Career Planning for Neurodivergent High School Students
When parents of high school students request to join my Facebook Community, Launch Career Clarity, I ask them….
If you could wave a magic wand and pick a topic I would cover in a blog or post, what would it be?
Among the common topics, there are regular themes including what are resources, or does my coaching work for, students with ADHD, Autism spectrum disorder, Dyslexia, Dyspraxia, and other learning disabilities.
In short, the answer is a resounding YES!
Over the last decade, as we have coached 3,300+ high school students and young adults, there is a growing number of our clients who are neurodivergent. Like any other parent who wants to resource their child to design a future instead of drift into it, parents of neurodivergent students want to know there are reliable and proven resources that will add value to their college counseling and career planning journey.
The good news is there are also a growing number of employers who also recognize this need and have official neurodiversity recruitment programs such as SAP’s (IT and software) “Autism at Work” program started in 2013. They state a 90% retention rate of new hires on the Autism spectrum. Other companies taking such initiative include Microsoft with a focus on Dyslexia, JP Morgan, Hewlett Packard, Freddie Mac, and Ernest & Young to name a few.
These students really follow no different career planning path than a typical student. My proven framework is:
- Step One: Know Yourself
- Step Two: Know Careers
- Step Three: Know Your Path
When walking my coaching clients through the first module of the framework, we do the following for the student to deeply get to know his or her hardwired personality. First, the student takes the Birkman Personality Assessment as well as completes a personal profile including their academic record, hobbies, and any diagnoses including anything health-related or neurodivergent.
Through the Birkman Assessment and my self-discovery exercises create a lens through which he or she examines careers. Typically any neurodivergence will show up on the personality assessment in how an individual both behaves and what he or she expects from other people and the work environment – both of which Birkman measures. The way someone behaves is their strength. EVERYONE has strengths. It’s measuring and knowing these strengths, and weaknesses, that help inform what needs to align in a career path, but that is true for everyone not just neurodivergent workers.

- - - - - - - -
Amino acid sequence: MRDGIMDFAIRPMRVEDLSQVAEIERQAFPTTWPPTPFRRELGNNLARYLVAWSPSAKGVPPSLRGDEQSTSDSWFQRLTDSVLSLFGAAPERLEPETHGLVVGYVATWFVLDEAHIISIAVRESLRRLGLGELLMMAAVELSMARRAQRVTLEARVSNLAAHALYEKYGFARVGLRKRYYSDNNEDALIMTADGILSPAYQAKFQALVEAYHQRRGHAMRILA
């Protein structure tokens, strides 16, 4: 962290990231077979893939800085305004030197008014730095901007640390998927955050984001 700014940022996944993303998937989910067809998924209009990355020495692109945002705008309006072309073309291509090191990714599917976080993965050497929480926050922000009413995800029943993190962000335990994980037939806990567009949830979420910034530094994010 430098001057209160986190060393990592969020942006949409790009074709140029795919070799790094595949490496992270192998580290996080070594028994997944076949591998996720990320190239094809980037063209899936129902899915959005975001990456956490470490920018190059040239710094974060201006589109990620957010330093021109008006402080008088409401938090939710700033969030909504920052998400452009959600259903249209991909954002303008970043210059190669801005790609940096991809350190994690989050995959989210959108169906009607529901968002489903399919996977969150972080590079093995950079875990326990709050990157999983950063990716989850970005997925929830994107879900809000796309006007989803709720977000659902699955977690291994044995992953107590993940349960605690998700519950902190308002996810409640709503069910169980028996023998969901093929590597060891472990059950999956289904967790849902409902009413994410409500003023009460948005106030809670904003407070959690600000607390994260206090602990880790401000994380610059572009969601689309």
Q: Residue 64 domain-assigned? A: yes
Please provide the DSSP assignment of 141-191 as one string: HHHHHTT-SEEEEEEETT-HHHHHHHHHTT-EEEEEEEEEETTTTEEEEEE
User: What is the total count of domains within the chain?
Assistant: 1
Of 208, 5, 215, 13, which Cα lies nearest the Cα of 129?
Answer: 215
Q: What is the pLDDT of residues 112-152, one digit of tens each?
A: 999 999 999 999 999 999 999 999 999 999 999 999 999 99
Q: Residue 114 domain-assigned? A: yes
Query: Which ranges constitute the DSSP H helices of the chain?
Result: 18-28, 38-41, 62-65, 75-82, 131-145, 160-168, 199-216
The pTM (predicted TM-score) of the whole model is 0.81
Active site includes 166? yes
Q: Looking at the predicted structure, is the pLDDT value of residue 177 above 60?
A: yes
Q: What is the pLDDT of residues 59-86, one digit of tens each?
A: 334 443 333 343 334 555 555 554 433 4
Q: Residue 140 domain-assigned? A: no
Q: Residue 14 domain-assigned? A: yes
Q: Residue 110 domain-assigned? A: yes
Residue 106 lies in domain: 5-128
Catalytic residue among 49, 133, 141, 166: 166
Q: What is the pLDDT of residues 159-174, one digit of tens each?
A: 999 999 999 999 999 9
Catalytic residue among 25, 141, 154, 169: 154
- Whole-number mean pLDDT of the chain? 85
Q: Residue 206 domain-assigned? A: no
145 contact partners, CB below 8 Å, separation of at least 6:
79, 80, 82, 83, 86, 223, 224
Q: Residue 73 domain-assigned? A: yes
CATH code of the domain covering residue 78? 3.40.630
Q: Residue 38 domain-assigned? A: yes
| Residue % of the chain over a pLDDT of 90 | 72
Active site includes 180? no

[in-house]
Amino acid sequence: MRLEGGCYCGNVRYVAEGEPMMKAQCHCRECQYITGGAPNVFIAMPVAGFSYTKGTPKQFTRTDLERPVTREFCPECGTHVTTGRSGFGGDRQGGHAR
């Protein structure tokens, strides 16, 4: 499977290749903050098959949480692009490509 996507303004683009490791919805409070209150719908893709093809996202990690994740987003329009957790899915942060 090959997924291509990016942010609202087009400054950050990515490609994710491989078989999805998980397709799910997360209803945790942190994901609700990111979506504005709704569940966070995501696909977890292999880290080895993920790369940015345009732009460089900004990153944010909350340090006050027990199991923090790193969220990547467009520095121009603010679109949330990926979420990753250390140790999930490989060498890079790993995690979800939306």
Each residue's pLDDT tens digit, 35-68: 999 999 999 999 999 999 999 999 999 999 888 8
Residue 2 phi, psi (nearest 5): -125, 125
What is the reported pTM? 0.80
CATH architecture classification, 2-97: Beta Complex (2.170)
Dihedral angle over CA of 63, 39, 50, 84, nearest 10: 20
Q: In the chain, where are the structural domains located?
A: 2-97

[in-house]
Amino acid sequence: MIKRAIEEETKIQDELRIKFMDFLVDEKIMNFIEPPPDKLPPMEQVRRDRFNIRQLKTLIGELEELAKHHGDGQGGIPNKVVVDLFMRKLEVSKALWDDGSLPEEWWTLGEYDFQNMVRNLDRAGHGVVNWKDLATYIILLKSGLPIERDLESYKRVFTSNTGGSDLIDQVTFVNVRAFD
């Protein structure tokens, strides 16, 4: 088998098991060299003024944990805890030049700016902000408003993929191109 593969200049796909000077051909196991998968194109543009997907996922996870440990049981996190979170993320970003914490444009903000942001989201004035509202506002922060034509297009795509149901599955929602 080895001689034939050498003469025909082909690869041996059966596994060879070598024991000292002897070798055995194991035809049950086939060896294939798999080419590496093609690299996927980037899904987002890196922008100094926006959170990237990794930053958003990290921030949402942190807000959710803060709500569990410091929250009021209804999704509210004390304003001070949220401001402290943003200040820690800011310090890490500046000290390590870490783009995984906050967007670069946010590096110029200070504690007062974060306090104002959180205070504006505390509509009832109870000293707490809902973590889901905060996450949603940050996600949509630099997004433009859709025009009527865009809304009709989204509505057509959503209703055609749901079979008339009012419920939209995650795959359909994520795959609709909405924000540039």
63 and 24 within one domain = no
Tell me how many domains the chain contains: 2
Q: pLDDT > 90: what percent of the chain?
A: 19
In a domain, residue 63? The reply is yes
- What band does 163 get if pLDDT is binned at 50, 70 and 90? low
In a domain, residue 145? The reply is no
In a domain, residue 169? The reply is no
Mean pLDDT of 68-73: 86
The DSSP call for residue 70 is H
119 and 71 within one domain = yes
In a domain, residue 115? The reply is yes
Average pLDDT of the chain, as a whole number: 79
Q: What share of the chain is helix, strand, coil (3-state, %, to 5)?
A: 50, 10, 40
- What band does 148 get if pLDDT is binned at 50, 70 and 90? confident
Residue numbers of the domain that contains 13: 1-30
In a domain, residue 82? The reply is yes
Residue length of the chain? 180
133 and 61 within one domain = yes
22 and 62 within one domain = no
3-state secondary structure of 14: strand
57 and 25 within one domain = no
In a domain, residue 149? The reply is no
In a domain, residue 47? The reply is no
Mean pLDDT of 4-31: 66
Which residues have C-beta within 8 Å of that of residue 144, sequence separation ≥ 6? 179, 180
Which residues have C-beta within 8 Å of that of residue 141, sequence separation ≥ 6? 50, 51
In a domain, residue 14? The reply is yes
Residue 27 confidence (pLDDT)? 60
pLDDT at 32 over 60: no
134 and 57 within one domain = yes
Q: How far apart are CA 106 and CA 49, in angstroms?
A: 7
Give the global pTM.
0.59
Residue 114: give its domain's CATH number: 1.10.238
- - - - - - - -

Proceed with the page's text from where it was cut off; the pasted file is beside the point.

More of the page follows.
Once the lens is created, I teach a step-by-step framework on where to find deep information on careers and evaluate them for fit with the individual strengths, motivations, and any limitations or personal preferences.
Temple Grandin, Ph.D., a famous scientist with autism, wrote a great article on how finding a career fit with autism in mind works. While it’s an older article, her candid advice still holds true and can be applied to anyone walking the career planning path. What I like about her article is it generates ideas even for those high school jobs before a student moves into a career.
The level of education and type of career will definitely be impacted by how high functioning an individual is. Dr. Grandin is very high functioning and intelligent. Again, finding fit is no different than a typical person finding fit. The process works the same.
Good News from Birkman
Recently, I had a meeting with the psychologists on the research team at Birkman International. They have already conducted one study using their assessment and researching the data and trends on a group who is neurodivergent (mainly on the autism spectrum) and are expanding their research hoping to replicate their findings. Because my program has worked with many neurodivergent individuals, we will be working together to connect Birkman to more people for their study and find them new individuals who have not taken the Birkman but will get to for free.
In Fall 2021, Birkman will make available a specialized report that certified consultants like me can make available to their clients. This population typically has difficulty self-advocating with teachers, professors, employers, and others. The report will be based on the individuals on unique wiring and for them provide tips and advice on how to self-advocate. If you want to be part of this, please email us at Flourish.
Brave New World
Fortunately, there are growing resources for neurodivergent individuals for both career planning and finding (and keeping) employment for those who value the special strengths they bring to the workplace. Let’s get the word and positive message out!